TimeWise Even Complexion Essence promises to restore a natural, even tone to skin while helping to reverse skin discolorations. Eschewing the established skin-lightening agent hydroquinone, this water-based serum contains niacinamide, ascorbyl glucoside (a form of vitamin C) and undecylenoyl phenylalanine instead.
There is research showing that niacinamide can interrupt the transfer of melanocytes (pigmented skin cells) to keratinocytes (regular skin cells that make the protein keratin), which would essentially cut the discoloration process off at the pass. The researchers pointed out that a positive outcome was dose-dependent, the dosage was not revealed (Source: Experimental Dermatology, July 2005, pages 498–508). A smaller study done on human skin, revealed that a 5% concentration of niacinamide produced a noticeable effect on discolorations after four weeks of use (Source: British Journal of Dermatology, July 2002, pages 20–31) but there's reason to believe lower strengths work too, especially when combined with other skin-lightening ingredients (as is the case with this product).
There is less substantiated research concerning the ability of the vitamin C derivative ascorbyl glucoside to lighten skin, but it has shown potential. And emerging research is showing that the novel ingredient undecylenoyl phenylalanine is an exciting option, especially when combined with niacinamide, as is the case here.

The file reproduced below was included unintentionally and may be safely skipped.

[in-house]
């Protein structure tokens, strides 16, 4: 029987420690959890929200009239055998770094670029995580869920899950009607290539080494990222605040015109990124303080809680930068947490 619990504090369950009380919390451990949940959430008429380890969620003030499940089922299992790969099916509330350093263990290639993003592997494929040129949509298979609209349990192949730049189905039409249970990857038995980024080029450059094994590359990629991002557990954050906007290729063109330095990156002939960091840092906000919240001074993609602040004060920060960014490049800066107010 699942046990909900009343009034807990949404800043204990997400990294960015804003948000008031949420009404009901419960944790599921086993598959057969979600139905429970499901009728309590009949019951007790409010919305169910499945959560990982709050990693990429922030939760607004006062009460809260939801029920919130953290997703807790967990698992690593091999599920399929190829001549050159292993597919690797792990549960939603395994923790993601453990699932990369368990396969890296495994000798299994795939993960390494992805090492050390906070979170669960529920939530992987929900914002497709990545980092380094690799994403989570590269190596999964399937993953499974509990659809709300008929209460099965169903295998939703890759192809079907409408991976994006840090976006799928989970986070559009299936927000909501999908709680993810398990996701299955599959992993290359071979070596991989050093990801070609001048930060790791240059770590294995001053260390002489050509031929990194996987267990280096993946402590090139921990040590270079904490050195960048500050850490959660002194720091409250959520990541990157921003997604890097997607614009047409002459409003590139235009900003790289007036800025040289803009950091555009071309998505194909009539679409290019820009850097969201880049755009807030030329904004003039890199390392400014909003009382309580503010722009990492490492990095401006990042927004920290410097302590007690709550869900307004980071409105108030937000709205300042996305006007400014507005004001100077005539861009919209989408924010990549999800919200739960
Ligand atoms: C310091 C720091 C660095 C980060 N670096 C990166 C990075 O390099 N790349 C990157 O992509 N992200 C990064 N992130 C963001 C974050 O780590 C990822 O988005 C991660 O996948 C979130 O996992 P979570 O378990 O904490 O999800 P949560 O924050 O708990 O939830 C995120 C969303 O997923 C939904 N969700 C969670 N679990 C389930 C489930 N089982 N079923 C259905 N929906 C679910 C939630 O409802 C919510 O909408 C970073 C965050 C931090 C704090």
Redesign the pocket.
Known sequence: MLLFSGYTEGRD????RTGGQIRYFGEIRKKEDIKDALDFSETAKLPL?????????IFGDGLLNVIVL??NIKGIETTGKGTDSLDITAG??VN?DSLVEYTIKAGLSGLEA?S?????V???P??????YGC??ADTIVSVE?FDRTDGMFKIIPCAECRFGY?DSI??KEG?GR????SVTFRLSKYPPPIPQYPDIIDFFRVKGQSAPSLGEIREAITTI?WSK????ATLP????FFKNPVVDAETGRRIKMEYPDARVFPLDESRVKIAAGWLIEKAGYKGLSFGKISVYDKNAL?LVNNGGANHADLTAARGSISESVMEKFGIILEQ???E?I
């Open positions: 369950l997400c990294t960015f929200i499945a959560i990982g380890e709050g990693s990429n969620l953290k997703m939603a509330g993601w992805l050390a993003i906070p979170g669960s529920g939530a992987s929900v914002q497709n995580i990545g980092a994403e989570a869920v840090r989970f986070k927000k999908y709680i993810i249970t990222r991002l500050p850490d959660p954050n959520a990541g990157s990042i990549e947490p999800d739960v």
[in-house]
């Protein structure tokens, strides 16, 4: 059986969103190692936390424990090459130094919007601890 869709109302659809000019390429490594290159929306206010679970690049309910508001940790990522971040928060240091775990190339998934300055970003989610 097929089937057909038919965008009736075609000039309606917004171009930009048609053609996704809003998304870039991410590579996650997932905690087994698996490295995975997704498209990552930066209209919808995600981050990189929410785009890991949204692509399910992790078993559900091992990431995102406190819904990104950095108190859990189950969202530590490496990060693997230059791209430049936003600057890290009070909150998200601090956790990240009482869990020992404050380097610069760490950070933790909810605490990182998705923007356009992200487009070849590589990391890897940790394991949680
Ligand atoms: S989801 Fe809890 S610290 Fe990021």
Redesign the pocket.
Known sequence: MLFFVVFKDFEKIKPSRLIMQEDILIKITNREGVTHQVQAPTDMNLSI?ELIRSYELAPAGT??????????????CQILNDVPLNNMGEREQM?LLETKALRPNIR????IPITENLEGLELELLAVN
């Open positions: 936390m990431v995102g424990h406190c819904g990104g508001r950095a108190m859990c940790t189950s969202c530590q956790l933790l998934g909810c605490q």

Ultimately, this is a very good skin-lightening product that's worth considering by all skin types. It has a lightweight serum texture and the formula contains several vitamin- and plant-based antioxidants as well as repairing and cell-communicating ingredients like peptides. When used daily, this stands a fairly good chance of improving brown spots, though as with any skin-lightening product, daily use of a broad-spectrum sunscreen is essential to fading brown spots and preventing new ones.
Formulated with Mary Kay’s patent-pending Lucentrix complex. Clinically shown to restore skin’s natural, even tone by helping to reduce visible dark spots and reverse skin discoloration. See results in as little as four weeks. And with continued use, the powerful results get even better.
Water, Propylene Glycol, Dimethicone, Isododecane, Glycerin, Niacinamide, Ascorbyl Glucoside, Triethanolamine, Betaine, Magnesium Ascorbyl Phosphate, 1-Methylhydantoin-2-Imide, Undecylenoyl Phenylalanine, Palmitoyl Oligopeptide, Palmitoyl Tetrapeptide, Tocopheryl Acetate, Dipotassium Glycyrrhizate, Citrus Medica Limonum Fruit Extract, Cucumis Sativus Fruit Extract, Camellia Oleifera Leaf Extract, Panax Ginseng Root Extract, Thymus Extract, Sanguisorba Root Extract, Morus Alba Bark Extract, Oenothera Biennis Seed Extract, Serine, Threonine, Proline, Arginine, Glycine, Alanine, Lysine, Glutamic Acid, Sodium PCA, Sorbitol, Polysorbate 20, Butylene Glycol, Laurenth-7, C13-14 Isoparaffin, PEG-12 Dimethicone, Polyacrylamide, Boron Nitride, Carbomer, Sodium Citrate, Disodium EDTA, Phenoxyethanol, Methylparaben, Ethylparaben, Propylparaben, Butylparaben, Isobutylparaben, Mica, Titanium Dioxide